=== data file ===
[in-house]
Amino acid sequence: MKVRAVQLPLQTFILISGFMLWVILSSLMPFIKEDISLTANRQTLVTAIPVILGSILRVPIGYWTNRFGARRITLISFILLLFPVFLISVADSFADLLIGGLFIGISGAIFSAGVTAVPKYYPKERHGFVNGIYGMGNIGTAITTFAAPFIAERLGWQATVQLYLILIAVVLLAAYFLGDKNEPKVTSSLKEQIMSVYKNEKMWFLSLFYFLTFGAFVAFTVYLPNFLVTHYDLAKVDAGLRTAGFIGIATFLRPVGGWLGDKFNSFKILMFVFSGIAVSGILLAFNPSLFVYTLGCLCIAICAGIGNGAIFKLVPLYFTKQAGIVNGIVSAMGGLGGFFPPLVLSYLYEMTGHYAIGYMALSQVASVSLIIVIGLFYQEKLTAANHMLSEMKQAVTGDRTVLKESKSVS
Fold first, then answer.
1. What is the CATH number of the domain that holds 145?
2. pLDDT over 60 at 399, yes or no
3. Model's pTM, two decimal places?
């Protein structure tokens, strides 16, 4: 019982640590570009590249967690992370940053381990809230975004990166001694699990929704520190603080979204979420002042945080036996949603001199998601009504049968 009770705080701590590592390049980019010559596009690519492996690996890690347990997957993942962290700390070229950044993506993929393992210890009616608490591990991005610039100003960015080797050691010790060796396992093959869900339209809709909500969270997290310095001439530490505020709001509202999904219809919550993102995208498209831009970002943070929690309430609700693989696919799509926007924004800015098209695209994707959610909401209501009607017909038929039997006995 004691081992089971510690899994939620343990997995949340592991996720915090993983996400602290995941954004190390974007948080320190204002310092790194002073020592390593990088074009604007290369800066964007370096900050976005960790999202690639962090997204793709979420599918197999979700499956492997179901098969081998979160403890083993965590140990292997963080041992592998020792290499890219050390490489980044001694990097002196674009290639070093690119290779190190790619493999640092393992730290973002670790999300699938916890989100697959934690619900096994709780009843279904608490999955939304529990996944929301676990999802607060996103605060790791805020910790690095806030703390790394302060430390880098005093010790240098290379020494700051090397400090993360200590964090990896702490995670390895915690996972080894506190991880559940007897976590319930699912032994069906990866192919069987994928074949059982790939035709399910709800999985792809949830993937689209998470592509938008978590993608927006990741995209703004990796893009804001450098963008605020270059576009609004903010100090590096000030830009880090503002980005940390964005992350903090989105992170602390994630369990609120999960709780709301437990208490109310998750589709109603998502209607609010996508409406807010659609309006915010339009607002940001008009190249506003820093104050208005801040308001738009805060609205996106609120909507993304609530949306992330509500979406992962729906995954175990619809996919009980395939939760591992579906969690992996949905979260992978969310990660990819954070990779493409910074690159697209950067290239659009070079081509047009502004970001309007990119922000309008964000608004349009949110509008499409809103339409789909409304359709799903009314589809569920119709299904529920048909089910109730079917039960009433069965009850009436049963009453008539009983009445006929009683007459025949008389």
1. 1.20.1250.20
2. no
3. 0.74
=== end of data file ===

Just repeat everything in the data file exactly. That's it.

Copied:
[in-house]
Amino acid sequence: MKVRAVQLPLQTFILISGFMLWVILSSLMPFIKEDISLTANRQTLVTAIPVILGSILRVPIGYWTNRFGARRITLISFILLLFPVFLISVADSFADLLIGGLFIGISGAIFSAGVTAVPKYYPKERHGFVNGIYGMGNIGTAITTFAAPFIAERLGWQATVQLYLILIAVVLLAAYFLGDKNEPKVTSSLKEQIMSVYKNEKMWFLSLFYFLTFGAFVAFTVYLPNFLVTHYDLAKVDAGLRTAGFIGIATFLRPVGGWLGDKFNSFKILMFVFSGIAVSGILLAFNPSLFVYTLGCLCIAICAGIGNGAIFKLVPLYFTKQAGIVNGIVSAMGGLGGFFPPLVLSYLYEMTGHYAIGYMALSQVASVSLIIVIGLFYQEKLTAANHMLSEMKQAVTGDRTVLKESKSVS
Fold first, then answer.
1. What is the CATH number of the domain that holds 145?
2. pLDDT over 60 at 399, yes or no
3. Model's pTM, two decimal places?
């Protein structure tokens, strides 16, 4: 019982640590570009590249967690992370940053381990809230975004990166001694699990929704520190603080979204979420002042945080036996949603001199998601009504049968 009770705080701590590592390049980019010559596009690519492996690996890690347990997957993942962290700390070229950044993506993929393992210890009616608490591990991005610039100003960015080797050691010790060796396992093959869900339209809709909500969270997290310095001439530490505020709001509202999904219809919550993102995208498209831009970002943070929690309430609700693989696919799509926007924004800015098209695209994707959610909401209501009607017909038929039997006995 004691081992089971510690899994939620343990997995949340592991996720915090993983996400602290995941954004190390974007948080320190204002310092790194002073020592390593990088074009604007290369800066964007370096900050976005960790999202690639962090997204793709979420599918197999979700499956492997179901098969081998979160403890083993965590140990292997963080041992592998020792290499890219050390490489980044001694990097002196674009290639070093690119290779190190790619493999640092393992730290973002670790999300699938916890989100697959934690619900096994709780009843279904608490999955939304529990996944929301676990999802607060996103605060790791805020910790690095806030703390790394302060430390880098005093010790240098290379020494700051090397400090993360200590964090990896702490995670390895915690996972080894506190991880559940007897976590319930699912032994069906990866192919069987994928074949059982790939035709399910709800999985792809949830993937689209998470592509938008978590993608927006990741995209703004990796893009804001450098963008605020270059576009609004903010100090590096000030830009880090503002980005940390964005992350903090989105992170602390994630369990609120999960709780709301437990208490109310998750589709109603998502209607609010996508409406807010659609309006915010339009607002940001008009190249506003820093104050208005801040308001738009805060609205996106609120909507993304609530949306992330509500979406992962729906995954175990619809996919009980395939939760591992579906969690992996949905979260992978969310990660990819954070990779493409910074690159697209950067290239659009070079081509047009502004970001309007990119922000309008964000608004349009949110509008499409809103339409789909409304359709799903009314589809569920119709299904529920048909089910109730079917039960009433069965009850009436049963009453008539009983009445006929009683007459025949008389």
1. 1.20.1250.20
2. no
3. 0.74